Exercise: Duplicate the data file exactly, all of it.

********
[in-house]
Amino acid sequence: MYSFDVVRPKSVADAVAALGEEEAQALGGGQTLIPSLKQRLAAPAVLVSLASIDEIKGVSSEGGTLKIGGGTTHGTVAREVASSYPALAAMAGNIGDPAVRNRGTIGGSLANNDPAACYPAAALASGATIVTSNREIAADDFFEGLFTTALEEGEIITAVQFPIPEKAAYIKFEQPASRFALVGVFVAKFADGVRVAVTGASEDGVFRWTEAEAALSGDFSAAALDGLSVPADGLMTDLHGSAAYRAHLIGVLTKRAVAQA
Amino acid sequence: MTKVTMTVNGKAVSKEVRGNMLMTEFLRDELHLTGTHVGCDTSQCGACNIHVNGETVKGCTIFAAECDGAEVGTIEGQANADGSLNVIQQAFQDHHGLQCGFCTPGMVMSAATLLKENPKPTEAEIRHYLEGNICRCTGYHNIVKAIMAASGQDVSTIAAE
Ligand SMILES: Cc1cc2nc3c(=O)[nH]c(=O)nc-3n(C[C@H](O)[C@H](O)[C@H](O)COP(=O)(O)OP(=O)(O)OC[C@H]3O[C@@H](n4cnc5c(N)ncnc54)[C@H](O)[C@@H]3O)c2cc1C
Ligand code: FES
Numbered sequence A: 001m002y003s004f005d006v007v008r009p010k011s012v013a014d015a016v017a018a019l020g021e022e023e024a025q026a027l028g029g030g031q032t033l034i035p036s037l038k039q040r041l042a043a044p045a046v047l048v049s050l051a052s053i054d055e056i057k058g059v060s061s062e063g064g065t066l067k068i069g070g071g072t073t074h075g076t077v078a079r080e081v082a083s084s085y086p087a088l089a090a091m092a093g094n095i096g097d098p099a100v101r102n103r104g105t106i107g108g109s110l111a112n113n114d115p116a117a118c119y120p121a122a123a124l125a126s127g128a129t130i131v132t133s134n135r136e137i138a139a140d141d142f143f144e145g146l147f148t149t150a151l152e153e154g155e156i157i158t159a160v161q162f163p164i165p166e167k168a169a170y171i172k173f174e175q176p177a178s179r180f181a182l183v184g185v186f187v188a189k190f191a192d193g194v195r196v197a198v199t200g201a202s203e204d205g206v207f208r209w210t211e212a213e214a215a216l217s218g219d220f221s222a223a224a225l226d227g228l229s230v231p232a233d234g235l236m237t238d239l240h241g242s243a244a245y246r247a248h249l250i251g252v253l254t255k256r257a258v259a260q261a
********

[in-house]
Amino acid sequence: MYSFDVVRPKSVADAVAALGEEEAQALGGGQTLIPSLKQRLAAPAVLVSLASIDEIKGVSSEGGTLKIGGGTTHGTVAREVASSYPALAAMAGNIGDPAVRNRGTIGGSLANNDPAACYPAAALASGATIVTSNREIAADDFFEGLFTTALEEGEIITAVQFPIPEKAAYIKFEQPASRFALVGVFVAKFADGVRVAVTGASEDGVFRWTEAEAALSGDFSAAALDGLSVPADGLMTDLHGSAAYRAHLIGVLTKRAVAQA
Amino acid sequence: MTKVTMTVNGKAVSKEVRGNMLMTEFLRDELHLTGTHVGCDTSQCGACNIHVNGETVKGCTIFAAECDGAEVGTIEGQANADGSLNVIQQAFQDHHGLQCGFCTPGMVMSAATLLKENPKPTEAEIRHYLEGNICRCTGYHNIVKAIMAASGQDVSTIAAE
Ligand SMILES: Cc1cc2nc3c(=O)[nH]c(=O)nc-3n(C[C@H](O)[C@H](O)[C@H](O)COP(=O)(O)OP(=O)(O)OC[C@H]3O[C@@H](n4cnc5c(N)ncnc54)[C@H](O)[C@@H]3O)c2cc1C
Ligand code: FES
Numbered sequence A: 001m002y003s004f005d006v007v008r009p010k011s012v013a014d015a016v017a018a019l020g021e022e023e024a025q026a027l028g029g030g031q032t033l034i035p036s037l038k039q040r041l042a043a044p045a046v047l048v049s050l051a052s053i054d055e056i057k058g059v060s061s062e063g064g065t066l067k068i069g070g071g072t073t074h075g076t077v078a079r080e081v082a083s084s085y086p087a088l089a090a091m092a093g094n095i096g097d098p099a100v101r102n103r104g105t106i107g108g109s110l111a112n113n114d115p116a117a118c119y120p121a122a123a124l125a126s127g128a129t130i131v132t133s134n135r136e137i138a139a140d141d142f143f144e145g146l147f148t149t150a151l152e153e154g155e156i157i158t159a160v161q162f163p164i165p166e167k168a169a170y171i172k173f174e175q176p177a178s179r180f181a182l183v184g185v186f187v188a189k190f191a192d193g194v195r196v197a198v199t200g201a202s203e204d205g206v207f208r209w210t211e212a213e214a215a216l217s218g219d220f221s222a223a224a225l226d227g228l229s230v231p232a233d234g235l236m237t238d239l240h241g242s243a244a245y246r247a248h249l250i251g252v253l254t255k256r257a258v259a260q261a